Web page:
In this geocolor image GOES-16 satellite image taken Thursday, Sep. 7, 2017, at 11:15 a.m. EDT, shows the eye of Hurricane Irma, center, just north of the island of Hispaniola, with Hurricane Katia, left, in the Gulf of Mexico, and Hurricane Jose, right, in the Atlantic Ocean. Irma, a fearsome Category 5 storm, cut a path of devastation across the northern Caribbean, leaving at least 10 dead and thousands homeless after destroying buildings and uprooting trees on a track Thursday that could lead to a catastrophic strike on Florida. (NOAA via AP)
MEMA urges Mississippians not to wait for a tropical storm or hurricane to get in the Gulf of Mexico to prepare.
The 2023 Atlantic hurricane season starts Thursday, June 1st and runs through November 30th. Forecasters are now saying that the upcoming Atlantic hurricane season is expected to be less active than recent years.
That is the word from National Oceanic and Atmospheric Administration (NOAA) forecasters with the Climate Prediction Center, a division of the National Weather Service. NOAA is predicting near-normal hurricane activity in the Atlantic this year.
The news is certainly welcome, if proven true, for those along Mississippi’s Gulf Coast. Residents annually face the possibility of tropical weather threats whether in the form of tropical storms or intense, devastating hurricanes.
NOAA predicts a 40% chance of a near-normal season, a 30% chance of an above-normal season and a 30% chance of a below-normal season.
As part of its forecast, NOAA says the year could see a range of 12 to 17 total named storms (winds of 39 mph or higher). Of those, 5 to 9 could become hurricanes (winds of 74 mph or higher), including 1 to 4 major hurricanes (category 3, 4 or 5; with winds of 111 mph or higher). NOAA has a 70% confidence in these ranges.
El Nino Predicted to Develop
Their forecast is due to competing factors, they say, some of which suppress storm development and some that fuel it. NOAA wrote in a statement:
After three hurricane seasons with La Nina present, NOAA scientists predict a high potential for El Nino to develop this summer, which can suppress Atlantic hurricane activity. El Nino’s potential influence on storm development could be offset by favorable conditions local to the tropical Atlantic Basin. Those conditions include the potential for an above-normal west African monsoon, which produces African easterly waves and seeds some of the stronger and longer-lived Atlantic storms, and warmer-than-normal sea surface temperatures in the tropical Atlantic Ocean and Caribbean Sea which creates more energy to fuel storm development. These factors are part of the longer term variability in Atlantic atmospheric and oceanic conditions that are conducive to hurricane development — known as the high-activity era for Atlantic hurricanes — which have been producing more active Atlantic hurricane seasons since 1995.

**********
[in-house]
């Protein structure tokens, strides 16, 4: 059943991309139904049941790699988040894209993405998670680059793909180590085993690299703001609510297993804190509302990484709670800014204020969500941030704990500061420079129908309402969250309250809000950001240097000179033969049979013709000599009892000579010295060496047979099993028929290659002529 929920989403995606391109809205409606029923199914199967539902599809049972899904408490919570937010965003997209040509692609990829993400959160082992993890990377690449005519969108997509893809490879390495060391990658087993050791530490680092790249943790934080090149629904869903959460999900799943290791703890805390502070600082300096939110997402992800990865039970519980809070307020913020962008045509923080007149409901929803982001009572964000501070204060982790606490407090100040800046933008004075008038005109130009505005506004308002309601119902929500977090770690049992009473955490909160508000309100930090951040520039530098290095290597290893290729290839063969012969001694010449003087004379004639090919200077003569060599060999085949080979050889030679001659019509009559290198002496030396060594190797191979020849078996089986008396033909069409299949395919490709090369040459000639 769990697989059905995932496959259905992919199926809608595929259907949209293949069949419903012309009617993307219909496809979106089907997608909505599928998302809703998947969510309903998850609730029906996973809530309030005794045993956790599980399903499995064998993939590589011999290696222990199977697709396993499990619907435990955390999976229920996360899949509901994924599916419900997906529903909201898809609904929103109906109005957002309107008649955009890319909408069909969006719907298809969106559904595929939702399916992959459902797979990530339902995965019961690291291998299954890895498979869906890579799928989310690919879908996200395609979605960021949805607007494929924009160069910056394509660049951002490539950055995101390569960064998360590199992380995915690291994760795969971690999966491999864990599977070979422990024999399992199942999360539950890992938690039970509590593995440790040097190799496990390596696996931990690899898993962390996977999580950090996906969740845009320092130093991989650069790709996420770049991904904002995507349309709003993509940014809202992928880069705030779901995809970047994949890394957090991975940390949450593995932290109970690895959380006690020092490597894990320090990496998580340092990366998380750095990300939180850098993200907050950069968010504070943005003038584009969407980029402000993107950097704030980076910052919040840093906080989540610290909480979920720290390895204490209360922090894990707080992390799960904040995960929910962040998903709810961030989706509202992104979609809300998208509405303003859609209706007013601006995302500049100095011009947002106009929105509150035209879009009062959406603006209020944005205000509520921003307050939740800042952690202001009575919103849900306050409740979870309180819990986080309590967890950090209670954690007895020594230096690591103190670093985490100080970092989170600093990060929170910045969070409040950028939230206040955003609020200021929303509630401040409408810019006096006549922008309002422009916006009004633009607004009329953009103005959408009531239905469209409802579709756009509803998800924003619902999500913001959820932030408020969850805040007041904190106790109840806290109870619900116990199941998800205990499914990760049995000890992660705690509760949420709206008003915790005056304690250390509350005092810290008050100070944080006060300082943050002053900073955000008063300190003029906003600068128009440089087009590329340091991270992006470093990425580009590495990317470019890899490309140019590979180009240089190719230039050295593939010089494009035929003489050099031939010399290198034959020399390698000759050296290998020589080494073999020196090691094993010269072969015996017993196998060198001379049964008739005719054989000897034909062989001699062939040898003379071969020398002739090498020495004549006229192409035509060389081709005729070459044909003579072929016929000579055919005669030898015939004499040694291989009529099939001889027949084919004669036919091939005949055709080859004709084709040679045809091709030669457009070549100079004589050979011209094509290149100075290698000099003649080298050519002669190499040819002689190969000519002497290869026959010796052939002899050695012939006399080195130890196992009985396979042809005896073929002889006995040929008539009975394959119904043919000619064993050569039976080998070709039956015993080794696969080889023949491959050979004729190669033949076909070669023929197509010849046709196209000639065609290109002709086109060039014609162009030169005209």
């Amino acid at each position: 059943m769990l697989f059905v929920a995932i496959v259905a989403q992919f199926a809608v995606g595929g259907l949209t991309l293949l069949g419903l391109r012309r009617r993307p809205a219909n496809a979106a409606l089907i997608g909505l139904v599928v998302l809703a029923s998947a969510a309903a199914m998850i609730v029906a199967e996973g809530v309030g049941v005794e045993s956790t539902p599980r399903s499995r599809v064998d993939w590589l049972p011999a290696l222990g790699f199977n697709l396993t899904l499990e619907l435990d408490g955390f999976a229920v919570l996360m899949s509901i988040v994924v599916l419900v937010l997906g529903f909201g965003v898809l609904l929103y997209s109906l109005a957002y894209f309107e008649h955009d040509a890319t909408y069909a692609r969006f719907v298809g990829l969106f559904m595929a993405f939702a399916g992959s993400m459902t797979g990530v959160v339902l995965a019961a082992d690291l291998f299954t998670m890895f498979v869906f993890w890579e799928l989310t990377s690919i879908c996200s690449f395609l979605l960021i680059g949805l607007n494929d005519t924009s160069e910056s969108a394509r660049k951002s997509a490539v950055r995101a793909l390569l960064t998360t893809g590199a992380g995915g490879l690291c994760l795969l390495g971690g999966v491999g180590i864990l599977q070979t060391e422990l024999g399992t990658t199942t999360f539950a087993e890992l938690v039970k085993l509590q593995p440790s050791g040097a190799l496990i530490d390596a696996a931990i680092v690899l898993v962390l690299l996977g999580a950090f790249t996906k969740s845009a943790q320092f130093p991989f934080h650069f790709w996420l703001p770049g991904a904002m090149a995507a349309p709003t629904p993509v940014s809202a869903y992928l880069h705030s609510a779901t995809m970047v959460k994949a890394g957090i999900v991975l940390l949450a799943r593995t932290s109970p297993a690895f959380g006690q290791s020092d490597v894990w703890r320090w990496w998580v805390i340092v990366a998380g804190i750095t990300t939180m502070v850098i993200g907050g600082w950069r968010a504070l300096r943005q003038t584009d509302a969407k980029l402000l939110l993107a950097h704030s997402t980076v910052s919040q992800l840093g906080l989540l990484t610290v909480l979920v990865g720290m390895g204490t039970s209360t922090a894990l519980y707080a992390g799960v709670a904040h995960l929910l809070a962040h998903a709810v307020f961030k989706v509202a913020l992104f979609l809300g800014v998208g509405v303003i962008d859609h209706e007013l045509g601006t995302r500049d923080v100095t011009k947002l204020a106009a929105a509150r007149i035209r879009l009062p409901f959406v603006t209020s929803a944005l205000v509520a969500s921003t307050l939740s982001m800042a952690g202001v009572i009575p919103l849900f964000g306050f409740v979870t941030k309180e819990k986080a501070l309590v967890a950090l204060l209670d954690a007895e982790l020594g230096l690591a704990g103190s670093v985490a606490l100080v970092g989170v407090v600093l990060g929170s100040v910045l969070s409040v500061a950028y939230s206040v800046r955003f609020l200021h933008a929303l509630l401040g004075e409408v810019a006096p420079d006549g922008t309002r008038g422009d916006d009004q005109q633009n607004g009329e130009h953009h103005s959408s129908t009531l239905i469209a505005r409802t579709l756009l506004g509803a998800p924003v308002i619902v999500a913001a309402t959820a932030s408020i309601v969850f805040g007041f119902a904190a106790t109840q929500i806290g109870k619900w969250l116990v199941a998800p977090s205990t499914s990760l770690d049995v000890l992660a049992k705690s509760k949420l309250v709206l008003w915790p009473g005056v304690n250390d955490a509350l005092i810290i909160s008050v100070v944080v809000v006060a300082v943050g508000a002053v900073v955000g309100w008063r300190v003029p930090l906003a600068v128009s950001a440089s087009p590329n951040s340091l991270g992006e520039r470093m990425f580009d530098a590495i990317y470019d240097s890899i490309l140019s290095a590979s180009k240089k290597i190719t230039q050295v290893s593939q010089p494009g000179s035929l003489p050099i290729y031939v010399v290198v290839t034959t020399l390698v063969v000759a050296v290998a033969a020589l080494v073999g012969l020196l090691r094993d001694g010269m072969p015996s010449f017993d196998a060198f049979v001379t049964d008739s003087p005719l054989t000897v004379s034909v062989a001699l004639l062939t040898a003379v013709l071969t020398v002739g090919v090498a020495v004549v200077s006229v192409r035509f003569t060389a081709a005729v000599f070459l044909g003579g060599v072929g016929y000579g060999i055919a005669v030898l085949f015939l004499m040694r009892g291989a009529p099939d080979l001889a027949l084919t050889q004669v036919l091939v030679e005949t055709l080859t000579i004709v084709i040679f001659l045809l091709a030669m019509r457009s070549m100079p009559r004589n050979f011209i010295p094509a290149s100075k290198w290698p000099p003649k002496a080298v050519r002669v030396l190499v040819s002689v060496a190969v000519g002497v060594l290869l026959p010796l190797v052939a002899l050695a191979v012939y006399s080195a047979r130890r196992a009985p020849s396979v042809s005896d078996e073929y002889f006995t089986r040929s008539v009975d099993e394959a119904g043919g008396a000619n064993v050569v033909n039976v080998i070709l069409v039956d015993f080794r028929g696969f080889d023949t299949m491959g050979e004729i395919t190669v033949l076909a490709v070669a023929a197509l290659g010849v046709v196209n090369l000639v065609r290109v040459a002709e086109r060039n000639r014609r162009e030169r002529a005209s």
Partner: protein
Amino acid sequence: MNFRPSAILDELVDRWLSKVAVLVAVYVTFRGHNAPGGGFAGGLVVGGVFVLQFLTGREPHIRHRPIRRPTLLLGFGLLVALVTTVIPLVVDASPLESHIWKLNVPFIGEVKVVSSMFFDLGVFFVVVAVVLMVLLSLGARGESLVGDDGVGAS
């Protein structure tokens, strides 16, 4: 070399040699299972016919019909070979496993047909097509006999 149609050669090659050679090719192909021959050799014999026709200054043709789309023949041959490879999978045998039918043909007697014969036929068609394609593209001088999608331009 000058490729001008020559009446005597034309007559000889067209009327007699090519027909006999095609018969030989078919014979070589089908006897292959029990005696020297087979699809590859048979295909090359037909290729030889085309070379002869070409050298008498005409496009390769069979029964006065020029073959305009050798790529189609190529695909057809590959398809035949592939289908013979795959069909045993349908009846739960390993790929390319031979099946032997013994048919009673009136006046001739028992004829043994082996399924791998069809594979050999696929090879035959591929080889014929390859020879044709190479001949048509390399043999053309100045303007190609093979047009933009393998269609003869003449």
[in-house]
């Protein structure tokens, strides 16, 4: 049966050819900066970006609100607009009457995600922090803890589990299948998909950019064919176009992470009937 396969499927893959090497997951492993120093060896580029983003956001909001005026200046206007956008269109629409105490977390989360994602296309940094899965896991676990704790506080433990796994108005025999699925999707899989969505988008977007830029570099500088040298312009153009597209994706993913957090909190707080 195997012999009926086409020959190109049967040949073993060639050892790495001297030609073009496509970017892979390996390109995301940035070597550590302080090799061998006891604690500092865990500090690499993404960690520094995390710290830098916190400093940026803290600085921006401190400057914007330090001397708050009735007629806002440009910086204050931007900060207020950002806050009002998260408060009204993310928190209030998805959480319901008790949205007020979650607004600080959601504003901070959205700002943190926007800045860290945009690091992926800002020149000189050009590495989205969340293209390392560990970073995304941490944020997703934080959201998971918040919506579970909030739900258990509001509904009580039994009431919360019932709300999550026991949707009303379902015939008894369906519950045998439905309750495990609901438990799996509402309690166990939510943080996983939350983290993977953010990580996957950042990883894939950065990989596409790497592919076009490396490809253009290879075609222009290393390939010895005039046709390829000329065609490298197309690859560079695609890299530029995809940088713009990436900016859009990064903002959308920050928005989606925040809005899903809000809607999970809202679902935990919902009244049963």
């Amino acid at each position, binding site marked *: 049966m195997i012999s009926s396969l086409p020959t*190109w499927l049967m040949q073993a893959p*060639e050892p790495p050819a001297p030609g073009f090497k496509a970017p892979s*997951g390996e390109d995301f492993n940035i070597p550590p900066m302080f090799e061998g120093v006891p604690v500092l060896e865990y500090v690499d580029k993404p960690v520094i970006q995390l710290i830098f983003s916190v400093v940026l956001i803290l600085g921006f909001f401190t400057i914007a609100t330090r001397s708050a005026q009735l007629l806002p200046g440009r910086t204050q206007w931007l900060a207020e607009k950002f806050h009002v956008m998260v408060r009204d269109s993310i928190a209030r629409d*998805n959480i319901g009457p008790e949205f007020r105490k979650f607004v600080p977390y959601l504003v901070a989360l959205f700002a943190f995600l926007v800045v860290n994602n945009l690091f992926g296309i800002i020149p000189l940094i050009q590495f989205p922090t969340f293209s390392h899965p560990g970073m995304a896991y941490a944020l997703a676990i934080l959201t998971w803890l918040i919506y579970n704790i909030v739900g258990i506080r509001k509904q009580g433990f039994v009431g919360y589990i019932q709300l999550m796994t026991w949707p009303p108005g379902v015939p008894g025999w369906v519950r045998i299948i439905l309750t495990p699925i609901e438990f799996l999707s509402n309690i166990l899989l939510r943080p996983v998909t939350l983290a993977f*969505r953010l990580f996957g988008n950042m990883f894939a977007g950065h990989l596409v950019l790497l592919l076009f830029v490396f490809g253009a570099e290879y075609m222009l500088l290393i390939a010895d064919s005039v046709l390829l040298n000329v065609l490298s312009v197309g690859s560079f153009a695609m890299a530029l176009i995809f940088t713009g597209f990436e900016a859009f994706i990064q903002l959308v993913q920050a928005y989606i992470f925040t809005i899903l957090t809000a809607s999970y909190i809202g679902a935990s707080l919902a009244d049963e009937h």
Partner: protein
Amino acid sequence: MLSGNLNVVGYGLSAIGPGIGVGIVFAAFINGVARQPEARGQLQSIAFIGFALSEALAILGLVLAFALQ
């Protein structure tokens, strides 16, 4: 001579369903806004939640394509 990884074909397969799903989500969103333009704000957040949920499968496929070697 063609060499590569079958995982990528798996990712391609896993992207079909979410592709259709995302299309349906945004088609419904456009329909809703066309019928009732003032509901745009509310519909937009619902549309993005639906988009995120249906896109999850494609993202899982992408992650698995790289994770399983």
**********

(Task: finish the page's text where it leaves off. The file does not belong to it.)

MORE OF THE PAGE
2023 Storm Names
The 2023 Atlantic tropical cyclone names are shown below. These are selected by the World Meteorological Organization.
MEMA Says Prepare Now
Local and state emergency management officials have been preparing for hurricane season for months. The Mississippi Emergency Management Agency (MEMA) has encouraged those most likely to face the impacts of such severe weather to prepare an evacuation plan and ensure important papers are readily accessible should a hurricane threaten.
“Don’t wait for a tropical storm or hurricane to get in the Gulf of Mexico to prepare. Protect your families now by getting ready,” said MEMA’s Executive Director Stephen McCraney during the recent Hurricane Preparedness Week. “While the State is prepared to respond to a hurricane, the First 72 Hours Are On You. That means you need at least 72 hours worth of food and water for each family member. Take time today to prepare yourself and your family for a storm.”
In addition to an evacuation plan and having documents available, MEMA encourages every Mississippi family, not just those on the Coast, to have a fully stocked disaster supply kit with necessities like water, non-perishable food, flashlights, batteries, and other immediate needs. To download a copy of the disaster supply checklist, click here.
MEMA also encourages homeowners to do an insurance check before hurricane season. Homeowners should consider purchasing flood insurance if a home is in a special flood hazard zone.